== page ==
We may not all teach the same grade, but maybe that’s what makes a team like this even more powerful. We are looking across grades. We’re seeing the similarities between the curriculum documents, and we’re seeing the differences. We’re learning how to look ahead to where students will be in a couple of years, and we’re learning how to look back to where they started.

On Sunday, the seven of us formed a “team,” and whether through face-to-face meetings, tweets, or emails, I hope that this team continues to work together throughout the year. Sunday’s meeting reminded me that together we’re better, and I know that I’m better by working with these six other amazing educators!

So what do you think? What defines a “team” for you? I’d love to hear your thoughts on this!


Just Because …

Shortly after 11:00 last night, I received this message from Jennifer Faulkner (@learninghood):

I quickly logged into my email account to see what Jen sent me: I had to see. I love surprises! 🙂

This was the BEST surprise ever! Jen heard from her husband, Aaron Puley (@bloggucation), that I was trying to create a header for my updated professional blog. When Jen was doing some work on her family blog last night, she made me a new header and emailed it to me. I was so excited! The design was perfect! It was exactly what I wanted and couldn’t seem to create.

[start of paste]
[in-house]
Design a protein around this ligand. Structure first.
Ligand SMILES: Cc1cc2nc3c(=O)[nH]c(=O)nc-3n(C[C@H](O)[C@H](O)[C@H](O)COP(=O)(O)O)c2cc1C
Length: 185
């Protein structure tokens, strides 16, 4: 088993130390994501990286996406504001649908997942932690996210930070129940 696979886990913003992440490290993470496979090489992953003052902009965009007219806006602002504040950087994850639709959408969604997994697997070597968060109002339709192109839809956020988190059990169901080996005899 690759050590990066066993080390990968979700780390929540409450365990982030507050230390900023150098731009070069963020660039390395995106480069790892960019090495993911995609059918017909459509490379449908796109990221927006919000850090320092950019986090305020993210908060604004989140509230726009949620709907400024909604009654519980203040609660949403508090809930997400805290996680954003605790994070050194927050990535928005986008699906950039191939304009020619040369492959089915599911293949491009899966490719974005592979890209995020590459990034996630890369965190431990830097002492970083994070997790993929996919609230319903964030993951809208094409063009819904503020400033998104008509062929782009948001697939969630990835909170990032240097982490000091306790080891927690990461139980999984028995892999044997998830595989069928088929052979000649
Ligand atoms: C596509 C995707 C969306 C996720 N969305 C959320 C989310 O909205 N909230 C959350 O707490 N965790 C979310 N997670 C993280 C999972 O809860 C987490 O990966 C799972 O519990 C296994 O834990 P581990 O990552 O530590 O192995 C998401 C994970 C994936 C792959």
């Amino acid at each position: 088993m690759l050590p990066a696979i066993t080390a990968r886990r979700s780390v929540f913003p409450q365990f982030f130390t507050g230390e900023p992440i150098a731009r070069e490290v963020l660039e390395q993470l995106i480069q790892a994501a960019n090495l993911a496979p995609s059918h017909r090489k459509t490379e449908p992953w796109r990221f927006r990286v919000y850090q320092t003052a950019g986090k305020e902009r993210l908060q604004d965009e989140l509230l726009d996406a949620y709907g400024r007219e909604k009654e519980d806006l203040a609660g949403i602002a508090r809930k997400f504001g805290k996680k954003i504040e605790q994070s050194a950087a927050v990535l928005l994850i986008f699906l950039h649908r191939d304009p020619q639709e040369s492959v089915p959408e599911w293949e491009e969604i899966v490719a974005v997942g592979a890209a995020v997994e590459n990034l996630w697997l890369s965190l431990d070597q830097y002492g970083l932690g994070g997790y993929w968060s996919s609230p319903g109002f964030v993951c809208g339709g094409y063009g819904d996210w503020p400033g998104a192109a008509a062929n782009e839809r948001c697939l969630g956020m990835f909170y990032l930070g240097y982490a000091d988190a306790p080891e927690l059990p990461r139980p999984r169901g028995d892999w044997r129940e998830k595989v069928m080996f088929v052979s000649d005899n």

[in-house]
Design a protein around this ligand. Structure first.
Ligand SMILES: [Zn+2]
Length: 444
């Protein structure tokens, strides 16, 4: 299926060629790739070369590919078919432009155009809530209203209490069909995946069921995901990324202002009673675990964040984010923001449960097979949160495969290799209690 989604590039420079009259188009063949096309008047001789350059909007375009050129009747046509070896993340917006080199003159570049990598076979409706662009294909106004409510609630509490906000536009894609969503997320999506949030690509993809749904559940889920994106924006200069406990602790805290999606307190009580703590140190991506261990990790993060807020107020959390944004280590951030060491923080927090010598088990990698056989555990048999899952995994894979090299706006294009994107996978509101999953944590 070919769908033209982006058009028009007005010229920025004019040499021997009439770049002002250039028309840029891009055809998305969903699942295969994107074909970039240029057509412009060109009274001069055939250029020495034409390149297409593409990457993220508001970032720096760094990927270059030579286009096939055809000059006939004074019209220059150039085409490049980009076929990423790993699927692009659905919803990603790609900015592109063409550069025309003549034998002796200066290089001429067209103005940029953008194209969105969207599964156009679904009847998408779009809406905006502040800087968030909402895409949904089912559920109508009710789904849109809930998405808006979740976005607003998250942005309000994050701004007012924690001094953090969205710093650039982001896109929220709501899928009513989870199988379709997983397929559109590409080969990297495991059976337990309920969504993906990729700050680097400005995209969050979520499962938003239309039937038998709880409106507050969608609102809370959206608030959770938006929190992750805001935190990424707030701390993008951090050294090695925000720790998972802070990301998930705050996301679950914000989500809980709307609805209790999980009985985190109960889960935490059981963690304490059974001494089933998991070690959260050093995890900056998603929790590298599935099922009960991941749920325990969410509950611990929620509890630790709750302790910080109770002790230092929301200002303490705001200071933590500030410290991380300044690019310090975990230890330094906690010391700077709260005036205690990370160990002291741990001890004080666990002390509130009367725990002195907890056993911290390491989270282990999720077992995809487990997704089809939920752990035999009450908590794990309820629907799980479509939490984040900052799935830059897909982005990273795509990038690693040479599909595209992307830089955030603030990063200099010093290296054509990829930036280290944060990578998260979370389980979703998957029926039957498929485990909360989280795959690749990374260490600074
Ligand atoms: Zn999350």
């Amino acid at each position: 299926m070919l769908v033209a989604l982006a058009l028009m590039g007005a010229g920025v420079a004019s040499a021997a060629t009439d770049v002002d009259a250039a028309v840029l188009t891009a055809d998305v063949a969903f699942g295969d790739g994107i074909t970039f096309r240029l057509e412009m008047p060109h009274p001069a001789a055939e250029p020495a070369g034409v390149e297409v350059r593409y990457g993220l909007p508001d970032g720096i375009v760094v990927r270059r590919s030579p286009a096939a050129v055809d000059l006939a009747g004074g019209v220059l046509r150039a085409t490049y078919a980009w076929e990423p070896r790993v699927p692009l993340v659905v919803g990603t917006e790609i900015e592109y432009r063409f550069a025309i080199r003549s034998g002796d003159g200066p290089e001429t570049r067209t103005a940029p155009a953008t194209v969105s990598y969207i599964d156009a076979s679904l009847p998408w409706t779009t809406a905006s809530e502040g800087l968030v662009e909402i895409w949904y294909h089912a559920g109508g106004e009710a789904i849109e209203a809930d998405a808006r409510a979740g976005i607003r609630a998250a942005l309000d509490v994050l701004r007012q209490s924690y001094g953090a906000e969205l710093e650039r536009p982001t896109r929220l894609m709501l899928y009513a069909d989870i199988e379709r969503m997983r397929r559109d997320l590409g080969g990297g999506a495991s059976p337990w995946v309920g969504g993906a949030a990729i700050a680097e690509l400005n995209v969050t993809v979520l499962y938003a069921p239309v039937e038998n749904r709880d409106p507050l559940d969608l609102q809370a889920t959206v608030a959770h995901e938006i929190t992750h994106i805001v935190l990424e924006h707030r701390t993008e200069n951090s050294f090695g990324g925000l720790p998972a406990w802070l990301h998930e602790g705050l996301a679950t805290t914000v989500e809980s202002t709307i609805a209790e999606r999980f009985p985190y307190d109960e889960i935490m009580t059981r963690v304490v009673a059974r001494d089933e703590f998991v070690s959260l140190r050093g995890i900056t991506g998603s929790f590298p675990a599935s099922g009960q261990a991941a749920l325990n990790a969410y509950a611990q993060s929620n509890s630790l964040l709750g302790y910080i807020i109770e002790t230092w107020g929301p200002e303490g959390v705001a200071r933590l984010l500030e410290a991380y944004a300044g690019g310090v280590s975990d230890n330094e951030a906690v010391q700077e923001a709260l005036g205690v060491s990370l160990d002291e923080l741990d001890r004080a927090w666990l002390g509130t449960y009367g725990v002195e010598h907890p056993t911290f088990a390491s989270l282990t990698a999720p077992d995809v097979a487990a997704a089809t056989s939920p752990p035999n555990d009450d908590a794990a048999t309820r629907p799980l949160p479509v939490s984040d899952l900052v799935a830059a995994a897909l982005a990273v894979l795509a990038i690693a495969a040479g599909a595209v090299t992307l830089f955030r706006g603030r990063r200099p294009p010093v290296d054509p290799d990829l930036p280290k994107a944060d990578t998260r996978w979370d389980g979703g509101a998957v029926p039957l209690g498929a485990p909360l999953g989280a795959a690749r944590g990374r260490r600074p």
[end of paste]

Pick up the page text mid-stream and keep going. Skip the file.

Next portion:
Here’s someone that I’ve only met a handful of times, but who went out of her way to help me out last night. Amazing!

So then today, in an unrelated event, I’m tweeting with Miss Night (@happycampergirl) about this wonderful post on her blog, and she sends me a link to an updated post. In this updated post, Miss Night shares how Danielle at My Tiny Universe helped her create what she was looking to create from the day before. Again, someone went out of her way to do something nice for someone else!

I love stories like these. They remind me of the importance of giving to others with no expectations in returnHave you had something similar happen before? I hope that you’ll share your story here. Let’s celebrate those wonderful people that do something special just because